My Life

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“In Him, we were also chosen . . . according to the plan of Him who works out everything in conformity with the purpose of His will” (Ephesians 1:11).

I have often joked that “guilt is my spiritual gift.”  It’s something I’ve always done exceptionally well. Now I know and am deeply grateful that, because of Christ’s redemption, God no longer sees me as guilty.  But I agonize over my past choices and actions and the negative consequences they brought.  The list is long – and I won’t drag them out, but believe me when I say I’ve made some messes along the way.   I’ve always seen them as derailments that knocked me completely off course.  I imagine the path my life should have taken, and how I have altered that path so that God could not do what He intended in my life.  Or have I?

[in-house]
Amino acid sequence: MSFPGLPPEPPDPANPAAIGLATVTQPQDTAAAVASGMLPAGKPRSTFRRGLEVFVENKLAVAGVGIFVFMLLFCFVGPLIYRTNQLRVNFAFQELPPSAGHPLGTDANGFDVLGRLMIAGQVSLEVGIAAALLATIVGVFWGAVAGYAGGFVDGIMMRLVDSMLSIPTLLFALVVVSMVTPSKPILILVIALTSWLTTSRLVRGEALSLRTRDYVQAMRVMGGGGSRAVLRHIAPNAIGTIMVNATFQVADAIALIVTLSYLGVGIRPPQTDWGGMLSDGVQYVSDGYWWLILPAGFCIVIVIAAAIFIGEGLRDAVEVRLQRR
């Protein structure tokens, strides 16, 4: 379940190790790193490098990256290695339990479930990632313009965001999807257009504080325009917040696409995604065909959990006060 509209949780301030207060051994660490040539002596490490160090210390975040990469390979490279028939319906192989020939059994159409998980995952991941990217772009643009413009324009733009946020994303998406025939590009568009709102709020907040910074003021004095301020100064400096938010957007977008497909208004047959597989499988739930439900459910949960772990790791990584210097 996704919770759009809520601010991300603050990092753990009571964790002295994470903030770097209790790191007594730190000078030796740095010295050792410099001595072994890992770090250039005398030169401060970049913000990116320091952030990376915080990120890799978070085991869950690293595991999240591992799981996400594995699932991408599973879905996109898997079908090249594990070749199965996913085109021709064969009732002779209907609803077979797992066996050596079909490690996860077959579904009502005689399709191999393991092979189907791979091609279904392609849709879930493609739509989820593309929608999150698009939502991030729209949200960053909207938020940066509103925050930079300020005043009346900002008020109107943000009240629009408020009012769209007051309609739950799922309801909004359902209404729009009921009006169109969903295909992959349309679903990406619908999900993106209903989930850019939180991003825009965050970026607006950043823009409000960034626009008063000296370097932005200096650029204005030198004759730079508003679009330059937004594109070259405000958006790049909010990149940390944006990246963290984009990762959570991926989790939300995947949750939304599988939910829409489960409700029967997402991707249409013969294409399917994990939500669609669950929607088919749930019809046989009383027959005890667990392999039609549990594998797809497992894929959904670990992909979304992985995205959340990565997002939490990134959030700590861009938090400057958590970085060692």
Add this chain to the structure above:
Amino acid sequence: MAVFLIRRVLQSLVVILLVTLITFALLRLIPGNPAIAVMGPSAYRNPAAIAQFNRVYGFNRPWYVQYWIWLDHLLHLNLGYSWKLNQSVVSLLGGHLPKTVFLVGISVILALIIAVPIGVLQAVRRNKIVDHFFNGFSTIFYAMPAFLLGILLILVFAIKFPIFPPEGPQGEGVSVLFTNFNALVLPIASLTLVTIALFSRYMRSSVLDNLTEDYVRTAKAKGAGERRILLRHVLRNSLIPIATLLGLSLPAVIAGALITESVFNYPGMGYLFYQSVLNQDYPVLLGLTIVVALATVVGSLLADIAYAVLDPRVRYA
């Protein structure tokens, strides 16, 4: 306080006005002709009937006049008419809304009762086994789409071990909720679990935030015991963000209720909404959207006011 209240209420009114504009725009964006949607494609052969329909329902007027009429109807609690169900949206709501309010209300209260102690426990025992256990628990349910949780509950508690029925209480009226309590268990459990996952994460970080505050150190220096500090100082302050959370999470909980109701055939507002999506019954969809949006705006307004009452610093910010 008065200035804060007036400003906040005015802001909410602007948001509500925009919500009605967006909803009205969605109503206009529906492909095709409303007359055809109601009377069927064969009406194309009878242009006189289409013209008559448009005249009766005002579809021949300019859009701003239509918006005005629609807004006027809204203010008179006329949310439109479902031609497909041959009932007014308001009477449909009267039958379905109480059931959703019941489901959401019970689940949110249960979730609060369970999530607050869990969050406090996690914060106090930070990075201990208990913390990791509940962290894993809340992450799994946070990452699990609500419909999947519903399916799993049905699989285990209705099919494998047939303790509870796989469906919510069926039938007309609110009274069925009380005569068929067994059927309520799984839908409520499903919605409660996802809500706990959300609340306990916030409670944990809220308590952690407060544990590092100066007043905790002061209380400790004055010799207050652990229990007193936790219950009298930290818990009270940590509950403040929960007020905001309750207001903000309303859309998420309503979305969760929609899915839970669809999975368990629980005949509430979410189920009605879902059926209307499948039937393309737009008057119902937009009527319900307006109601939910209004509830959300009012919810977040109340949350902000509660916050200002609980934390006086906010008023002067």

Is God only in control of my life when I make all the right choices? Is His plan so fragile that I can destroy it with an ill-conceived mistake? Can it survive the careless actions of others in my life? Can He work within the craziness that is my life?

As I sit here today I have a small measure of wisdom that I didn’t have in my 20’s, 30’s, and 40’s.  I am convinced to the marrow of my bones that God never lost control of my life, even when I turned in the wrong direction. He has never wrung His hands in heaven trying to figure out how to overcome my foolishness. I’ve seen Him take some of my biggest blunders and missteps and bring something good and positive and Joyful out of them. My life is not a haphazard crazy quilt of all my wrong choices, but a beautiful, if slightly eccentric design that God is still piecing together.  I love David’s musing: “You have made known to me the path of life; You will fill me with Joy in Your presence, with eternal pleasures at Your right hand” (Psalm 16:11).  The path my life has taken has not always been easy nor straight and true, but God has never been caught off guard. I’m looking back at my life from farther down the road – now sixty years old – and I’m seeing that God’s good and gracious hand has been in it all along.

Finding Joy